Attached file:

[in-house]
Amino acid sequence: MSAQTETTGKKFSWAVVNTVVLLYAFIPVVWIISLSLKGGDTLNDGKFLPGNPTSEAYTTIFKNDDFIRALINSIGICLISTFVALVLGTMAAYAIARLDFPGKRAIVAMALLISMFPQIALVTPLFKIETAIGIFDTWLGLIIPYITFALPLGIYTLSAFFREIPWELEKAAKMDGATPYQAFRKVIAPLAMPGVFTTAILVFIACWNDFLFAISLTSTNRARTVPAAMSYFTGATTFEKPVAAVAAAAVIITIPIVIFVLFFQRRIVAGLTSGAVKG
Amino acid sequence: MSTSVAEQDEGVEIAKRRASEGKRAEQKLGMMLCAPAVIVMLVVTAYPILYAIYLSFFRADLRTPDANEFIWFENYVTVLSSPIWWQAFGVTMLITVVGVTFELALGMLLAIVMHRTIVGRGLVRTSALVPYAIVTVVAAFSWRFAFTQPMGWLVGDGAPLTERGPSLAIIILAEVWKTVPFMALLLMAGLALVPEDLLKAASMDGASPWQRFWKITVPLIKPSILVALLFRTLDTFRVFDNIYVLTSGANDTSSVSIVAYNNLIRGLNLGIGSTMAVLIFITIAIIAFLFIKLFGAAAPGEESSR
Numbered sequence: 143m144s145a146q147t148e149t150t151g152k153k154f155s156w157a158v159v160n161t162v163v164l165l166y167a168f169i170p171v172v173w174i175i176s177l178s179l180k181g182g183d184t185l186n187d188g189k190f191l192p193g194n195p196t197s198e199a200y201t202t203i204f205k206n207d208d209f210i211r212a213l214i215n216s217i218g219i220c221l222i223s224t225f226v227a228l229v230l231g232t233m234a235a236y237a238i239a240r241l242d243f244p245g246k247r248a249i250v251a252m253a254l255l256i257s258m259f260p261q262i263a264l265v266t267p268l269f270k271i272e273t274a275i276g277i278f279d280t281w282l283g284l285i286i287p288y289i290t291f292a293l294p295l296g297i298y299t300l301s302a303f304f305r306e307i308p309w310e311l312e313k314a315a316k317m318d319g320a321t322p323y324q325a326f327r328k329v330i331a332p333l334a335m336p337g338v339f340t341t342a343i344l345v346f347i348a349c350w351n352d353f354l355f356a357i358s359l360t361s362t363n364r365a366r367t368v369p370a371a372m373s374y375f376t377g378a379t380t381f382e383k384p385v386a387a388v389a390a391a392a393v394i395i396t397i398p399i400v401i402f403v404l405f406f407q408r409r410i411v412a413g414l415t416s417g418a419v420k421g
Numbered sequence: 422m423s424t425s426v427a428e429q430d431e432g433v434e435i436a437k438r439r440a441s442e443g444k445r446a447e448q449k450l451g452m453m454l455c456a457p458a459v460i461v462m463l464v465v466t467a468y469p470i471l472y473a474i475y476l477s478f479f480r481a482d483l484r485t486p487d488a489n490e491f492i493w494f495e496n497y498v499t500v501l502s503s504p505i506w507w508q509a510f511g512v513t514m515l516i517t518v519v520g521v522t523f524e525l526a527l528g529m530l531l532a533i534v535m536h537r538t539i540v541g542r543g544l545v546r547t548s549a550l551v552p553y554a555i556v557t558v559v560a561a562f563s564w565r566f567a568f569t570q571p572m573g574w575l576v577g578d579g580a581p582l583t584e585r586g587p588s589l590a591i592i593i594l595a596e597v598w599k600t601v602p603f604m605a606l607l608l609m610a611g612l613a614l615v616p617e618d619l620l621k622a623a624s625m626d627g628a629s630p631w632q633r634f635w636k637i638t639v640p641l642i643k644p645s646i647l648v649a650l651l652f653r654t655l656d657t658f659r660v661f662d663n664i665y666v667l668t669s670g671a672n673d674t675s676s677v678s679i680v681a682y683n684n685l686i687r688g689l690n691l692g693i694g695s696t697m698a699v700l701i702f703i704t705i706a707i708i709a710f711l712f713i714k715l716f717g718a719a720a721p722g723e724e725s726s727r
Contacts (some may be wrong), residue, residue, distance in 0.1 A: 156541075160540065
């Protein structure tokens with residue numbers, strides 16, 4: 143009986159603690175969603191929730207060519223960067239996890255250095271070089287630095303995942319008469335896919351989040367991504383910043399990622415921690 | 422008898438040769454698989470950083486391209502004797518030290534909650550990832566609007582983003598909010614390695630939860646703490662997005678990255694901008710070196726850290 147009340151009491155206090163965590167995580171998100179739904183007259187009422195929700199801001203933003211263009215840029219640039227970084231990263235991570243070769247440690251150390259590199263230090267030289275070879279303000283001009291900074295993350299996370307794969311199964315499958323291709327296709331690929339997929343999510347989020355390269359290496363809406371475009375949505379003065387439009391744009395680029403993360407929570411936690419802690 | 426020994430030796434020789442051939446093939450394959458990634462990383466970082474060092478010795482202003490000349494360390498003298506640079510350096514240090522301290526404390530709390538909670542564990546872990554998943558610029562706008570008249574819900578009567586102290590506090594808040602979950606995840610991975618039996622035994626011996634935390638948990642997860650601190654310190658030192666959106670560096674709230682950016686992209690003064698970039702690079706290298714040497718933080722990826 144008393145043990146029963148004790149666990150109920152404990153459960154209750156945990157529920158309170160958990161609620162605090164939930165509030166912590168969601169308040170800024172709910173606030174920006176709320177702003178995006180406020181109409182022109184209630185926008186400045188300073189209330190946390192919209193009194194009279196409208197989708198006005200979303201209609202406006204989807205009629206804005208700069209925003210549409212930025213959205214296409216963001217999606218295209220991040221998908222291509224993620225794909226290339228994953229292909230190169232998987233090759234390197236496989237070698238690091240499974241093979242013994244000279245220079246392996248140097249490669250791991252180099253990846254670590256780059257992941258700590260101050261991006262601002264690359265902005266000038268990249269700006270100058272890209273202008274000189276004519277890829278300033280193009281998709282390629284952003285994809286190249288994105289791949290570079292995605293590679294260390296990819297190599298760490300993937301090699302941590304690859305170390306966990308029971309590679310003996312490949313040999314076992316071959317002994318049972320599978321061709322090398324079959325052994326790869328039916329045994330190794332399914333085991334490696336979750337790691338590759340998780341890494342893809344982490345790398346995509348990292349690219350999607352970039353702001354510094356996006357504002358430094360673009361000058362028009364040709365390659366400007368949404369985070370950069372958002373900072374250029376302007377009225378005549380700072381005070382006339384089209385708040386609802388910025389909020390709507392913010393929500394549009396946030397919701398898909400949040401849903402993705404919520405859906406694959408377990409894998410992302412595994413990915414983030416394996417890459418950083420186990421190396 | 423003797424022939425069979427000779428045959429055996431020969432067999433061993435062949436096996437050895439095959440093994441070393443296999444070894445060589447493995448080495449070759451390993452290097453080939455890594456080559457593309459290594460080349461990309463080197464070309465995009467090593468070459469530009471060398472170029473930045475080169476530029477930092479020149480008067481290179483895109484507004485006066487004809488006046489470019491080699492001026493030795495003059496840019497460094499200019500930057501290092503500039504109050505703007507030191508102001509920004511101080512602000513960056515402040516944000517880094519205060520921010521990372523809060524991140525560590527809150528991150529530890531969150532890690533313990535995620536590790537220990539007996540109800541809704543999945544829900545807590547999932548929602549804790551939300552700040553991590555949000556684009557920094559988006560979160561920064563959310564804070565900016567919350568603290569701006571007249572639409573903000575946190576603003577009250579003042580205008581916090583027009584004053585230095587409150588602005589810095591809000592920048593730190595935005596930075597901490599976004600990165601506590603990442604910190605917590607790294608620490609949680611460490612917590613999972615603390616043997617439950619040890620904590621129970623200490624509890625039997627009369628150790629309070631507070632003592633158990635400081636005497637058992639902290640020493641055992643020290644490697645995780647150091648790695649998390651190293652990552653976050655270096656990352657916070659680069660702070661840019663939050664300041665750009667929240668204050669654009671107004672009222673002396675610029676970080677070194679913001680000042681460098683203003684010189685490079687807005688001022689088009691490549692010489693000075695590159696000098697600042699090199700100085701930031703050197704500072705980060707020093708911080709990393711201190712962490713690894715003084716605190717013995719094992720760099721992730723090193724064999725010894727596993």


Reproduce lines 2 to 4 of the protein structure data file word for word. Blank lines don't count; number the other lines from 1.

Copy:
Amino acid sequence: MSAQTETTGKKFSWAVVNTVVLLYAFIPVVWIISLSLKGGDTLNDGKFLPGNPTSEAYTTIFKNDDFIRALINSIGICLISTFVALVLGTMAAYAIARLDFPGKRAIVAMALLISMFPQIALVTPLFKIETAIGIFDTWLGLIIPYITFALPLGIYTLSAFFREIPWELEKAAKMDGATPYQAFRKVIAPLAMPGVFTTAILVFIACWNDFLFAISLTSTNRARTVPAAMSYFTGATTFEKPVAAVAAAAVIITIPIVIFVLFFQRRIVAGLTSGAVKG
Amino acid sequence: MSTSVAEQDEGVEIAKRRASEGKRAEQKLGMMLCAPAVIVMLVVTAYPILYAIYLSFFRADLRTPDANEFIWFENYVTVLSSPIWWQAFGVTMLITVVGVTFELALGMLLAIVMHRTIVGRGLVRTSALVPYAIVTVVAAFSWRFAFTQPMGWLVGDGAPLTERGPSLAIIILAEVWKTVPFMALLLMAGLALVPEDLLKAASMDGASPWQRFWKITVPLIKPSILVALLFRTLDTFRVFDNIYVLTSGANDTSSVSIVAYNNLIRGLNLGIGSTMAVLIFITIAIIAFLFIKLFGAAAPGEESSR
Numbered sequence: 143m144s145a146q147t148e149t150t151g152k153k154f155s156w157a158v159v160n161t162v163v164l165l166y167a168f169i170p171v172v173w174i175i176s177l178s179l180k181g182g183d184t185l186n187d188g189k190f191l192p193g194n195p196t197s198e199a200y201t202t203i204f205k206n207d208d209f210i211r212a213l214i215n216s217i218g219i220c221l222i223s224t225f226v227a228l229v230l231g232t233m234a235a236y237a238i239a240r241l242d243f244p245g246k247r248a249i250v251a252m253a254l255l256i257s258m259f260p261q262i263a264l265v266t267p268l269f270k271i272e273t274a275i276g277i278f279d280t281w282l283g284l285i286i287p288y289i290t291f292a293l294p295l296g297i298y299t300l301s302a303f304f305r306e307i308p309w310e311l312e313k314a315a316k317m318d319g320a321t322p323y324q325a326f327r328k329v330i331a332p333l334a335m336p337g338v339f340t341t342a343i344l345v346f347i348a349c350w351n352d353f354l355f356a357i358s359l360t361s362t363n364r365a366r367t368v369p370a371a372m373s374y375f376t377g378a379t380t381f382e383k384p385v386a387a388v389a390a391a392a393v394i395i396t397i398p399i400v401i402f403v404l405f406f407q408r409r410i411v412a413g414l415t416s417g418a419v420k421g